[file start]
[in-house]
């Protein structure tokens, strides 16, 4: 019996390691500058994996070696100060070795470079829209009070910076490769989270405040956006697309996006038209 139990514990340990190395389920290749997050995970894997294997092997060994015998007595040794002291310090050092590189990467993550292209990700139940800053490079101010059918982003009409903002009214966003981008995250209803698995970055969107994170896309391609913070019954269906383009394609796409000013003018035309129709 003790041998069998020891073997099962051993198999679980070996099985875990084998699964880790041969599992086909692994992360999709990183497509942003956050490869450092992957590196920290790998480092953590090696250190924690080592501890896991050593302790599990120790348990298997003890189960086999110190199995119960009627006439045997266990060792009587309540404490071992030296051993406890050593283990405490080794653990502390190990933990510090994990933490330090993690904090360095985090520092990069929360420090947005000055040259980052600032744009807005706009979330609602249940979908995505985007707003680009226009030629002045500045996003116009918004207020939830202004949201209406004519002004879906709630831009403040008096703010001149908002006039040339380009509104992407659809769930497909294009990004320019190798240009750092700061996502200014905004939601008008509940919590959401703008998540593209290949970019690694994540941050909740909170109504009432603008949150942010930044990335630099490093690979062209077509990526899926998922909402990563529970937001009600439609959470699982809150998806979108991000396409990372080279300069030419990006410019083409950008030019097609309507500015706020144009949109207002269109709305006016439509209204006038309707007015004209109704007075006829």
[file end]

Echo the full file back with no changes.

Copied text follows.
[in-house]
């Protein structure tokens, strides 16, 4: 019996390691500058994996070696100060070795470079829209009070910076490769989270405040956006697309996006038209 139990514990340990190395389920290749997050995970894997294997092997060994015998007595040794002291310090050092590189990467993550292209990700139940800053490079101010059918982003009409903002009214966003981008995250209803698995970055969107994170896309391609913070019954269906383009394609796409000013003018035309129709 003790041998069998020891073997099962051993198999679980070996099985875990084998699964880790041969599992086909692994992360999709990183497509942003956050490869450092992957590196920290790998480092953590090696250190924690080592501890896991050593302790599990120790348990298997003890189960086999110190199995119960009627006439045997266990060792009587309540404490071992030296051993406890050593283990405490080794653990502390190990933990510090994990933490330090993690904090360095985090520092990069929360420090947005000055040259980052600032744009807005706009979330609602249940979908995505985007707003680009226009030629002045500045996003116009918004207020939830202004949201209406004519002004879906709630831009403040008096703010001149908002006039040339380009509104992407659809769930497909294009990004320019190798240009750092700061996502200014905004939601008008509940919590959401703008998540593209290949970019690694994540941050909740909170109504009432603008949150942010930044990335630099490093690979062209077509990526899926998922909402990563529970937001009600439609959470699982809150998806979108991000396409990372080279300069030419990006410019083409950008030019097609309507500015706020144009949109207002269109709305006016439509209204006038309707007015004209109704007075006829």